A word of warning - these tiny bands are not easy to master - they're not for the beginner or the faint-hearted. And even though gathering a skirt is something you might learn in your first years of sewing, they can be a pain on lovely silk or rayon like this fabric - they're slippery and they ravel, so serge the edge first before gathering.

I have a spring wedding to attend, so this little spring number might be just the trick. Either that or I might have to find someplace to have afternoon tea...maybe add a big flouncy hat??? Just kidding...if you know me at all :) 

Don't you love the pretty belt Laurel made for me!
We love border prints and all the design options they give us!

My buying team and my pretty new dress!!! 
Given the "issues" inherent with this Vogue pattern, 
I'm thinking I made a great decision to GO INDIE!!

Cheers to Sewing!



  1. Wow! Even though there were problems with the pattern instructions, the dress turned out beautiful! I hope that one day I can be an expert seamstress like Laurel and know how to figure out when the instructions are not correct and can still know how to make them "my way"!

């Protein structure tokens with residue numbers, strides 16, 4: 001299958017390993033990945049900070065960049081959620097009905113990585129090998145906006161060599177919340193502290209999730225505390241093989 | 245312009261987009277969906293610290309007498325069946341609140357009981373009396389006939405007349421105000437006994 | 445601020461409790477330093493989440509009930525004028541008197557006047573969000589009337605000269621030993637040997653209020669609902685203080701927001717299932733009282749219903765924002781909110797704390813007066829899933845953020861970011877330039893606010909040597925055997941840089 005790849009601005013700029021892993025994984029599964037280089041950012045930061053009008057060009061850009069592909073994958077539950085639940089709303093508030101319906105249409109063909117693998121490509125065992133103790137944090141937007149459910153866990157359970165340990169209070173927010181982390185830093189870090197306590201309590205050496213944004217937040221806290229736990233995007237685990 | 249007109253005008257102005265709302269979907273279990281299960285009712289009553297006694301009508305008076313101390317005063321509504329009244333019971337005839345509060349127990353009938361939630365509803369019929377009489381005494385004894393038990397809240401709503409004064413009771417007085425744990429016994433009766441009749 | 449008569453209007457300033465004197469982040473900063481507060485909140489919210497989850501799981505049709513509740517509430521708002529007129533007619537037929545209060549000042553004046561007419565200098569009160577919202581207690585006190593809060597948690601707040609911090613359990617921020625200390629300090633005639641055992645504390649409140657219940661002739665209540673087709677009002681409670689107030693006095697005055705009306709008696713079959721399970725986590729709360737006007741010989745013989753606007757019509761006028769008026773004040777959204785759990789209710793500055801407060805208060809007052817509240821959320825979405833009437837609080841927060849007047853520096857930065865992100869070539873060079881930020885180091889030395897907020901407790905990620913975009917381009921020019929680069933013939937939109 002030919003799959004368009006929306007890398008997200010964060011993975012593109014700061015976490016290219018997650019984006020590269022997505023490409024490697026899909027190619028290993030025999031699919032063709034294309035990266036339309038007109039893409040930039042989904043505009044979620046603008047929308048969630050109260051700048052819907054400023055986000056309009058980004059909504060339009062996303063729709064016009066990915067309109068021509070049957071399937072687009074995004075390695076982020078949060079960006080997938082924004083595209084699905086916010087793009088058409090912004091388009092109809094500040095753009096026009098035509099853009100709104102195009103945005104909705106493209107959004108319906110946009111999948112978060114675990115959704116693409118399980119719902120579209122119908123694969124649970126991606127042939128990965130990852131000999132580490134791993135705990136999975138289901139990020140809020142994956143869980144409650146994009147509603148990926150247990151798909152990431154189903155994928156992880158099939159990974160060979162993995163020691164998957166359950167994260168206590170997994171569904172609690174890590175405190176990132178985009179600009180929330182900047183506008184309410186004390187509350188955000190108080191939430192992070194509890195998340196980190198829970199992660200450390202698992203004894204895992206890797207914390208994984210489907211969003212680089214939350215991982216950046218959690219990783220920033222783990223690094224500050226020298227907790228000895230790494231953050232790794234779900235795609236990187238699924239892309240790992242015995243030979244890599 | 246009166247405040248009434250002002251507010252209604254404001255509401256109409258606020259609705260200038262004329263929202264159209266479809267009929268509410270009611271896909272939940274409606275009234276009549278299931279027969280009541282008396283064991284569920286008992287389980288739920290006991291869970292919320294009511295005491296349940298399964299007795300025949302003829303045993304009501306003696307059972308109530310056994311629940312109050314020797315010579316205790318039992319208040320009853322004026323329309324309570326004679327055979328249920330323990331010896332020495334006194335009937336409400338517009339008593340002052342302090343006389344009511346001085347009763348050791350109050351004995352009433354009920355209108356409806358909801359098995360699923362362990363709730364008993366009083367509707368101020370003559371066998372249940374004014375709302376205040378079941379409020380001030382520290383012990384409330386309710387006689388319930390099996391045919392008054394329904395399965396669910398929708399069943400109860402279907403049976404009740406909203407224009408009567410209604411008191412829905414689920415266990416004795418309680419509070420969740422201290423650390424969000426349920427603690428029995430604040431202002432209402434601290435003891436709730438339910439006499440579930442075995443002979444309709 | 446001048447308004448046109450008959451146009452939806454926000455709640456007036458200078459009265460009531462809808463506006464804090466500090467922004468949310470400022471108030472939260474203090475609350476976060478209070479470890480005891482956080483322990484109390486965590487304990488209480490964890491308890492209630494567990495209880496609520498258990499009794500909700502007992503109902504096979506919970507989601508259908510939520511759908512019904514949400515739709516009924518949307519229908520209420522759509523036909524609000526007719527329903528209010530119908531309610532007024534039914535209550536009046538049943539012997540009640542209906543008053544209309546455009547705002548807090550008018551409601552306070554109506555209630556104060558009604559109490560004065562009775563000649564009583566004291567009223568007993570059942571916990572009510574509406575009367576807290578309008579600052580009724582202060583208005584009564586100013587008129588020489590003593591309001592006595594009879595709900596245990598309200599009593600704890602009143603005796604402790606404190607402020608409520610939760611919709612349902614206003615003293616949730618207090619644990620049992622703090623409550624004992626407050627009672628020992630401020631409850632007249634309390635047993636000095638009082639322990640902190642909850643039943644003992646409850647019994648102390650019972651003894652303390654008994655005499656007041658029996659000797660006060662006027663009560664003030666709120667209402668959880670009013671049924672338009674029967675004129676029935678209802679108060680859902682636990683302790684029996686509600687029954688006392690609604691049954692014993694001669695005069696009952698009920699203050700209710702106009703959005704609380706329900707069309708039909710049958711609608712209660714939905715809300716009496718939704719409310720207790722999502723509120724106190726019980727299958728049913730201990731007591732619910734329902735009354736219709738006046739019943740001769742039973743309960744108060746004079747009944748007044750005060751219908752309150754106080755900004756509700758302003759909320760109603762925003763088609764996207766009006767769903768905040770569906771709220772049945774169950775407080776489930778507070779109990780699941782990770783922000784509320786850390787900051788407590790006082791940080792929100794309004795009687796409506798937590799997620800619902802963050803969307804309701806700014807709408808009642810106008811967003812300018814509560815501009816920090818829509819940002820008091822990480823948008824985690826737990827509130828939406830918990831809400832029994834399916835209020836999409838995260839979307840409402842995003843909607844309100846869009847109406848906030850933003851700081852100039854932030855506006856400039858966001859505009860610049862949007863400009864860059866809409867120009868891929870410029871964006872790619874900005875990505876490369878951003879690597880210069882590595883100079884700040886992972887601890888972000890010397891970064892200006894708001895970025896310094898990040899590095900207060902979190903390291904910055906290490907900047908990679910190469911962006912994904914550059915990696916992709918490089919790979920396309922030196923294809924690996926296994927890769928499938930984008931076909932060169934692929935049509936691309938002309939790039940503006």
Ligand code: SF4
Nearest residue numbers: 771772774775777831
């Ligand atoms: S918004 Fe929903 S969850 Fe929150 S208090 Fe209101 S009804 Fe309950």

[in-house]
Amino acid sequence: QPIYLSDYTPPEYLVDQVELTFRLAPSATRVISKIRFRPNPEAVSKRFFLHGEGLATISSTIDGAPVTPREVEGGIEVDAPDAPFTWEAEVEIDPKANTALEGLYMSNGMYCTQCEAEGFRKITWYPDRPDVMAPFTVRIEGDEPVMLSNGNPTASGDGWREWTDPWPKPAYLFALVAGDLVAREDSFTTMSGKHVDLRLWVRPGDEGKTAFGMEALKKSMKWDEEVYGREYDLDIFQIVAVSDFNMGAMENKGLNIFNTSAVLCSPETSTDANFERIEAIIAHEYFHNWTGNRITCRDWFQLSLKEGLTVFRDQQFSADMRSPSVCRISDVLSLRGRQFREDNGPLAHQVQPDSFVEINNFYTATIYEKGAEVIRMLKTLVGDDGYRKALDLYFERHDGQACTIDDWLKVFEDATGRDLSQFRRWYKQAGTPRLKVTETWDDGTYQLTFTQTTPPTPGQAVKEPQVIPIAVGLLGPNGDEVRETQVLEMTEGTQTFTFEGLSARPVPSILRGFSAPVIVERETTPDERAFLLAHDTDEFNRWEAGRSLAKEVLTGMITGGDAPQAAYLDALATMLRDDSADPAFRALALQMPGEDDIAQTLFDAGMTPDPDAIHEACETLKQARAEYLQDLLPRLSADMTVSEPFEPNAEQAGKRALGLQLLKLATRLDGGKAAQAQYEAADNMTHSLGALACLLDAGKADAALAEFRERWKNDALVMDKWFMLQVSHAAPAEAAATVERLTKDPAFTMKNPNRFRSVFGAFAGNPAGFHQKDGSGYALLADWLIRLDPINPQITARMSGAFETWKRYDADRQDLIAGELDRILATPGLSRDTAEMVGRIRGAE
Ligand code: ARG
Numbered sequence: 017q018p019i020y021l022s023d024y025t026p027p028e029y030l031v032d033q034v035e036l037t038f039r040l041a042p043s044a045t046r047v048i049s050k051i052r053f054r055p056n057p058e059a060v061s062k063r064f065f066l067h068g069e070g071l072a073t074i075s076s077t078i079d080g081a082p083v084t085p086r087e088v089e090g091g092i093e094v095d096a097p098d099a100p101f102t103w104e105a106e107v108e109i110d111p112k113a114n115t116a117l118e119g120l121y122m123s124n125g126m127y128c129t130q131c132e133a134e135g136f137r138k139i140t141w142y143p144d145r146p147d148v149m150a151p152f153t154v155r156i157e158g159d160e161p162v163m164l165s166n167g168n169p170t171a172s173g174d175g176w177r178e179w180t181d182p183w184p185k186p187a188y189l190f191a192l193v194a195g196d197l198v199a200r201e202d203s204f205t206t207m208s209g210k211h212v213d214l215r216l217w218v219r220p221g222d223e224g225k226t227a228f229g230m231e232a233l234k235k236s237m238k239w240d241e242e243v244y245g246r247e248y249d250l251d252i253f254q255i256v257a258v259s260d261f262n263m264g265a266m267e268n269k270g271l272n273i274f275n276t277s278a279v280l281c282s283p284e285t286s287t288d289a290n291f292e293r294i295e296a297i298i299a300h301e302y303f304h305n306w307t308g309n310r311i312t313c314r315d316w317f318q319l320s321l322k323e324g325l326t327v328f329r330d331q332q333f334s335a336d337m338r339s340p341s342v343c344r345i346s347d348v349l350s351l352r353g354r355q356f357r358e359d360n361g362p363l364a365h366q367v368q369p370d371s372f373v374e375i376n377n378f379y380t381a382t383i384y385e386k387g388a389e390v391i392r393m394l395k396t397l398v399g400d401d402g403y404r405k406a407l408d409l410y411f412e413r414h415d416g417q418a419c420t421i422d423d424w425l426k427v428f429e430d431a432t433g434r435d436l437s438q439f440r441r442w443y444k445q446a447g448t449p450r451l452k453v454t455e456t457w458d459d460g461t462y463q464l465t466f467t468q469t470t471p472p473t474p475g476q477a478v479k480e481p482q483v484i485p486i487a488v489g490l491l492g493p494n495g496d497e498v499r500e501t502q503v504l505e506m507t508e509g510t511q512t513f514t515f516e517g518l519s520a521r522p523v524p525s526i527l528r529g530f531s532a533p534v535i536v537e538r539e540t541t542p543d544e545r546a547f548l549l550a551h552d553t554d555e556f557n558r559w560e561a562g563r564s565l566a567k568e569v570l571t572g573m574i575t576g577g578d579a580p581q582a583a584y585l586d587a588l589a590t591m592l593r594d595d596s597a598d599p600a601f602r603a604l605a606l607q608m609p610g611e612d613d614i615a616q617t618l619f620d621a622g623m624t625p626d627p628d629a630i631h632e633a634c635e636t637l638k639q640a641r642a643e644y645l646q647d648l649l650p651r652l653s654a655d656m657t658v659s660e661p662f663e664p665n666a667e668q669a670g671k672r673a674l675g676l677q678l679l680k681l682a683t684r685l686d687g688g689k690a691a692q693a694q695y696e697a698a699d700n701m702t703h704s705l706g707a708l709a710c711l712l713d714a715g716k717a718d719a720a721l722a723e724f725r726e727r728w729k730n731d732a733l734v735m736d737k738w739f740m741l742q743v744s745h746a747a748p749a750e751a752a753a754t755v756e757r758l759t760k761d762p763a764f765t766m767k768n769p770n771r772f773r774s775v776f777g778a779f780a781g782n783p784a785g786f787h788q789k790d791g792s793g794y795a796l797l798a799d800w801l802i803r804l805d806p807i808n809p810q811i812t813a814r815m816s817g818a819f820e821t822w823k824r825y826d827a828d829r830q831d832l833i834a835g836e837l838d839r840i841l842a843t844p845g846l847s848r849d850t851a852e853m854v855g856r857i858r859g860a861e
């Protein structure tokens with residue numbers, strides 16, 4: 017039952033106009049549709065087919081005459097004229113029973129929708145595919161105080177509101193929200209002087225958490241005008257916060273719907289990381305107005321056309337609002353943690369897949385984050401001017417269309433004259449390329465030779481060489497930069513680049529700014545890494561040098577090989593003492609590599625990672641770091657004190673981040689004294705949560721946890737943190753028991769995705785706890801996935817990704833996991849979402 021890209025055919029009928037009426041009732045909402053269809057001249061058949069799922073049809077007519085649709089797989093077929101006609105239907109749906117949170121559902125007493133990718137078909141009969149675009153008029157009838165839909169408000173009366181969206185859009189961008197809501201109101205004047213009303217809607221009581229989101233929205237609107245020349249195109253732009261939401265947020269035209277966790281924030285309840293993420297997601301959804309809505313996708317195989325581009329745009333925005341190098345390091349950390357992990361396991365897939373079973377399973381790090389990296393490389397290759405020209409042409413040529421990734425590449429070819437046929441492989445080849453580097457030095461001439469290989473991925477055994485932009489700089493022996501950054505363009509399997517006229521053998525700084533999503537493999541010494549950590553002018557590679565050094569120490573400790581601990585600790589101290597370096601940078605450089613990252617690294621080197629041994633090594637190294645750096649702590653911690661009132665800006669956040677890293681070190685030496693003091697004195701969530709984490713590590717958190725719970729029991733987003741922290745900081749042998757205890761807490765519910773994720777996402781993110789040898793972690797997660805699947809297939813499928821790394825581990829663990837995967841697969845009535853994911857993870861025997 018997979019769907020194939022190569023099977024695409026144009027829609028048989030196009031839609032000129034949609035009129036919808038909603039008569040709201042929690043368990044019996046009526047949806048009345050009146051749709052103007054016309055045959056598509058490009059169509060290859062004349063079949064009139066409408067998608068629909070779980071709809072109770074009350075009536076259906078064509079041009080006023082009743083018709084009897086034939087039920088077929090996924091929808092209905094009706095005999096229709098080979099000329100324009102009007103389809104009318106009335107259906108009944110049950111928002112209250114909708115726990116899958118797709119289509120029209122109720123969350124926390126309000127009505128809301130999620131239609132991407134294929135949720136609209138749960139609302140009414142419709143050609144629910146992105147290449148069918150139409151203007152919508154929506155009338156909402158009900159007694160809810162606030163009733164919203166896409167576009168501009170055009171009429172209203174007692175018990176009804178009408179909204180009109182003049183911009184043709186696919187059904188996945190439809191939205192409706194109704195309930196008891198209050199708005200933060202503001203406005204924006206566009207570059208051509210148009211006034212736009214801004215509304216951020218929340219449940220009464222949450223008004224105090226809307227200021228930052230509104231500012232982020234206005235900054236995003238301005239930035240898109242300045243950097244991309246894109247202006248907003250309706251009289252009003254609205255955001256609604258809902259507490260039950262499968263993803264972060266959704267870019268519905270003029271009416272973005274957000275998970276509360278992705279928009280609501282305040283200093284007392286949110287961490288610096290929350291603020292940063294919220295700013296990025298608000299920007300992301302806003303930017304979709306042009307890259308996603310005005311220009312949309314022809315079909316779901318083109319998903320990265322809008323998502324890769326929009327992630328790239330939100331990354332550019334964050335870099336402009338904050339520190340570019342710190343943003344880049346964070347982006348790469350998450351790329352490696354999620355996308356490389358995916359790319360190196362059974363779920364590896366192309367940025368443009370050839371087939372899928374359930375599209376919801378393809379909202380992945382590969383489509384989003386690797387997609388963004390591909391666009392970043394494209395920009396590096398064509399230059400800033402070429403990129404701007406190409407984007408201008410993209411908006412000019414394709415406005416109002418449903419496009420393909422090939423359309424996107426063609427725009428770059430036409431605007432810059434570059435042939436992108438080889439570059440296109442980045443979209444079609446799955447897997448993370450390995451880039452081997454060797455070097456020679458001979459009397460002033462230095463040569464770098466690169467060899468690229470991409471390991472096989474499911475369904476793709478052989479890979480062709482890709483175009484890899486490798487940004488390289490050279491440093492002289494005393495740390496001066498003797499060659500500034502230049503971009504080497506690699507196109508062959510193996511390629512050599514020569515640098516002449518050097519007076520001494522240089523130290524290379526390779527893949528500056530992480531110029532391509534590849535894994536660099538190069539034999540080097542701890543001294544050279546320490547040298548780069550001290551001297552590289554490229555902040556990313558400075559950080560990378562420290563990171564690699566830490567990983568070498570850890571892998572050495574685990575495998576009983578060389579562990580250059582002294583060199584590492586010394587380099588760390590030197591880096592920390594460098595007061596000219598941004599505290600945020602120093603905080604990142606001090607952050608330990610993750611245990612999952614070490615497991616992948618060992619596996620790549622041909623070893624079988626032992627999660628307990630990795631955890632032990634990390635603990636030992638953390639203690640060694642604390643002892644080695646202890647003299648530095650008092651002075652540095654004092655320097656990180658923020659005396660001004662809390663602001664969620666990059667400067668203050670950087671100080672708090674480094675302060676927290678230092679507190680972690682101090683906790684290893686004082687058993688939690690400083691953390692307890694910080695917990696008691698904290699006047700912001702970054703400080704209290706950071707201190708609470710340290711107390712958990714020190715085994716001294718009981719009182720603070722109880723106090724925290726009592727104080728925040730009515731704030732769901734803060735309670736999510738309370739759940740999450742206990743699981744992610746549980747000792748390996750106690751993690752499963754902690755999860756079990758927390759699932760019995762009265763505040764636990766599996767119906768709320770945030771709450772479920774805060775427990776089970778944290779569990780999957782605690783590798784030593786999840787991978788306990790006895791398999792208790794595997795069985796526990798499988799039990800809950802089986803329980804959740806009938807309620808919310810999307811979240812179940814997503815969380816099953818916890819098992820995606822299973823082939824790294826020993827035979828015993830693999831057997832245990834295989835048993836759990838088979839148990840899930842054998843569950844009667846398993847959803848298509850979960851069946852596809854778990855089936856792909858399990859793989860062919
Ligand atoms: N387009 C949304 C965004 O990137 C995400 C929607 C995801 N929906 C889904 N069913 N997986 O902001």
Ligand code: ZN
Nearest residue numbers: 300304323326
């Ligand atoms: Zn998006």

2. My daughter once made a jumpsuit from a Burda pattern labeled "Easy". She was a fairly new sewer, and brought the dress home to have me figure out where she went wrong. She couldn't get it on! The top was designed to be pulled on, but with the pants bottom, couldn't be. No zipper, placket, buttons -- just a slightly boat-neck opening. And no center seams. Fortunately it was a little big, and we could add a zipper. But didn't anyone read the pattern before it was printed?